I’ve been asking people to play Larissa so I can get a record of what she sounds like with different fingers and techniques.
Seth is on my electric strings here. No one would be lying if they said they had a crush on this man.
I’ve had a revolving door of friends and guests over lately, and combined with the fact that Bryon tends to jump on the kitchen counters when he smells food up above, means I’ve been keeping the house consistently clean, instead of going through my cycle of spotless to dirty to spotless again. I haven’t done any big gatherings, preferring the smaller hangouts instead. I keep wanting to invite Lisa and Tiana over together for sessions, or Trolley and Steph and Aaron for Magic, but the time I get alone with each is too precious to give up.
That’s why time feels like it’s passing so quickly, and also why I don’t write much anymore. I have the right people to talk to, so I don’t need to write things out to sort out my thoughts. And sometimes it’s just easier to pick up a guitar when a surge of inspiration strikes. Otherwise, I’m burning my lips on glassware, looking for the right moments to keep myself going.
I learned that the measure of a man is his ability to stir-fry bok choi hearts.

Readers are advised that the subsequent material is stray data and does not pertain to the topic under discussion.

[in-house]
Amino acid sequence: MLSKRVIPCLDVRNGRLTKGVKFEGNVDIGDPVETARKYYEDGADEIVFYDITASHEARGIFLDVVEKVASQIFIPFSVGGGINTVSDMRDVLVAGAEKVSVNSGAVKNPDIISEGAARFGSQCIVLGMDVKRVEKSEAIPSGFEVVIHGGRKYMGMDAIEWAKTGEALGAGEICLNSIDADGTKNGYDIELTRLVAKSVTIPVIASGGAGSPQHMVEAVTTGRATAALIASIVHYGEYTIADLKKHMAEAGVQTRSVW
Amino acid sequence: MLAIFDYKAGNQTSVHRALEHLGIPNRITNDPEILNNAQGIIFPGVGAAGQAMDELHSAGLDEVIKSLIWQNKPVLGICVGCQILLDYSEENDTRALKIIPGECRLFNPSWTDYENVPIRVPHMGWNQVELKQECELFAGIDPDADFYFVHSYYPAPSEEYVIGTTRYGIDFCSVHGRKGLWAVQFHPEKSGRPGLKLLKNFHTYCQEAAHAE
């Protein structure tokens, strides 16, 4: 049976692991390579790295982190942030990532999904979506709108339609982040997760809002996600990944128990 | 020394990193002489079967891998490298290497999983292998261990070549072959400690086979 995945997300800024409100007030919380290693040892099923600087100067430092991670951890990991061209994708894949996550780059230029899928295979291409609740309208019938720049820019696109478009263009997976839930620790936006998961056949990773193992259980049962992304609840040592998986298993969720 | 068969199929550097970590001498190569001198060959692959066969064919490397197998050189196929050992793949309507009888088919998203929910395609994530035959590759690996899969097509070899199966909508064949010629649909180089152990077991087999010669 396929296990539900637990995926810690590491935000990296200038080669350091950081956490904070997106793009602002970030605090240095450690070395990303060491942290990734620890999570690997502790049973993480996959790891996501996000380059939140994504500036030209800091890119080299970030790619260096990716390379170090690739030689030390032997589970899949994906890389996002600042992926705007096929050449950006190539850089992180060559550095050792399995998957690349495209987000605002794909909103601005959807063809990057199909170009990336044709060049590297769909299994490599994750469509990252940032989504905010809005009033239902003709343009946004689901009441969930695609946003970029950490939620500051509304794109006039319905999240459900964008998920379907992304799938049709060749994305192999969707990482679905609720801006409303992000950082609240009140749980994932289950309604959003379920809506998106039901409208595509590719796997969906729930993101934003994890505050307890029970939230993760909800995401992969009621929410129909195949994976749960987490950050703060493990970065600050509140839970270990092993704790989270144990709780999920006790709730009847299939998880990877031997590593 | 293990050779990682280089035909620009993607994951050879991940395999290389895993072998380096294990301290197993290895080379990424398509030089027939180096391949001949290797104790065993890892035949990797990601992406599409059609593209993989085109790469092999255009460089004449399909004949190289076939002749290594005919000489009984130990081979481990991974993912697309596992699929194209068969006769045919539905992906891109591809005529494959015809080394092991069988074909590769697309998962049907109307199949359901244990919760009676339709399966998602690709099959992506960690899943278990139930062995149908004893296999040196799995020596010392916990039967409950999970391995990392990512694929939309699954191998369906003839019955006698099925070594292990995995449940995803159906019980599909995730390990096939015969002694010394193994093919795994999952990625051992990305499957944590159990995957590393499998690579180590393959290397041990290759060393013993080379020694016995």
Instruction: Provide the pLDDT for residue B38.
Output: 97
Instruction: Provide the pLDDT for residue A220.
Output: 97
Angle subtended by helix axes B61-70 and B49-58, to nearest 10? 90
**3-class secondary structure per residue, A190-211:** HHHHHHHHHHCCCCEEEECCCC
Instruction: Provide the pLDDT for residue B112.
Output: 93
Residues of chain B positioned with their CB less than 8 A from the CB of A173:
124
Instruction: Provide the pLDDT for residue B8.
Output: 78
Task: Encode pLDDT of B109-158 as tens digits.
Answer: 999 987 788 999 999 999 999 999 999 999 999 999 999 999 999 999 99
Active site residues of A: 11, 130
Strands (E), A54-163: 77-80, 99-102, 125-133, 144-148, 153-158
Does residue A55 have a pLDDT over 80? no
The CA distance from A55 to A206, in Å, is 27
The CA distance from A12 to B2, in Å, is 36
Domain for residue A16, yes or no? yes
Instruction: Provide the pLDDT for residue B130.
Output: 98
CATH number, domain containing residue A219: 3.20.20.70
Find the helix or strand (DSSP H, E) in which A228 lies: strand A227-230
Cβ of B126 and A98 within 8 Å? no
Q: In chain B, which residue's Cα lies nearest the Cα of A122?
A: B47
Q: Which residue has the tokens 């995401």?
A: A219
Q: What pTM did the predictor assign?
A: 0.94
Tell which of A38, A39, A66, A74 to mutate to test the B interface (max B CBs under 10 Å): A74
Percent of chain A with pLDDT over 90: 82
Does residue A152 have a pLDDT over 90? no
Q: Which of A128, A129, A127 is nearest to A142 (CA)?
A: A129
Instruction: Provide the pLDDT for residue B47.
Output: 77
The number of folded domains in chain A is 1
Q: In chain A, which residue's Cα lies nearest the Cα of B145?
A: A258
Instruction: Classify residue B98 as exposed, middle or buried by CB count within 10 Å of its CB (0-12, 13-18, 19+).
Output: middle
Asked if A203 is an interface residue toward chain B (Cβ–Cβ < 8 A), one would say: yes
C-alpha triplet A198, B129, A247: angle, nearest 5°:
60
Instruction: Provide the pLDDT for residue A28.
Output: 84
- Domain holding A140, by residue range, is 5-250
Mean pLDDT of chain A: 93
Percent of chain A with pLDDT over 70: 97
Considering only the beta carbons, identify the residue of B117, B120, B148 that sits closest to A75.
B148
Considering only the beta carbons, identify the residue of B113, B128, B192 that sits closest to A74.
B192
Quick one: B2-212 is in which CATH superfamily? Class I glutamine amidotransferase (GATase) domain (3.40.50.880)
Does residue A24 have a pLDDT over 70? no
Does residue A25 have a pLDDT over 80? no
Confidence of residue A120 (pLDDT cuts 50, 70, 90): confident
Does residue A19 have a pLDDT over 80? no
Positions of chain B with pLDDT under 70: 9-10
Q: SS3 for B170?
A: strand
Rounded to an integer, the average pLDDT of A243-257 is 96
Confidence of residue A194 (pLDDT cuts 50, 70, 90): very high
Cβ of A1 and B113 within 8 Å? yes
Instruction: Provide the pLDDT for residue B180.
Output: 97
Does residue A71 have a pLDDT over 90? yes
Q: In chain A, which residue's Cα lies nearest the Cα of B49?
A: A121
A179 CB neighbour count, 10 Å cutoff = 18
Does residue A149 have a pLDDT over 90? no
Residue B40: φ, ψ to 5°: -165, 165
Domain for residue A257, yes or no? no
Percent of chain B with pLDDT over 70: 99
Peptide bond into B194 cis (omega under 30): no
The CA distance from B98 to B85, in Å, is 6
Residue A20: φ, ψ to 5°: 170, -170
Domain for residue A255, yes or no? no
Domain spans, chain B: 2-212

That High Fidelity is the new (500) Days of Summer.
That it’s nice to be needed.
That I still wonder if I’m forgotten.
That it’s not so much that I don’t have anything to write about, but nothing ever seems important enough to put down on paper nowadays.
That I say oh my god a lot.
That food poisoning is like a laxative for both ends.
That I’m allowed to miss her.
That it’s okay to think others are cute too.
That I’m doing the whole Swingers thing with Lisa, where she’s trying to convince me I’m a big fucking bear.
That I can’t read signals.
That it doesn’t matter whether or not you’re invited, as long as you’re happy where you are.
This day is the same every year. The streets are dead and filled with slush, the stores all closed. No matter where I am, it seems people are looking for a channel on TV to watch a corporate-sponsored countdown, and I always feel alone even though I’m surrounded by friends.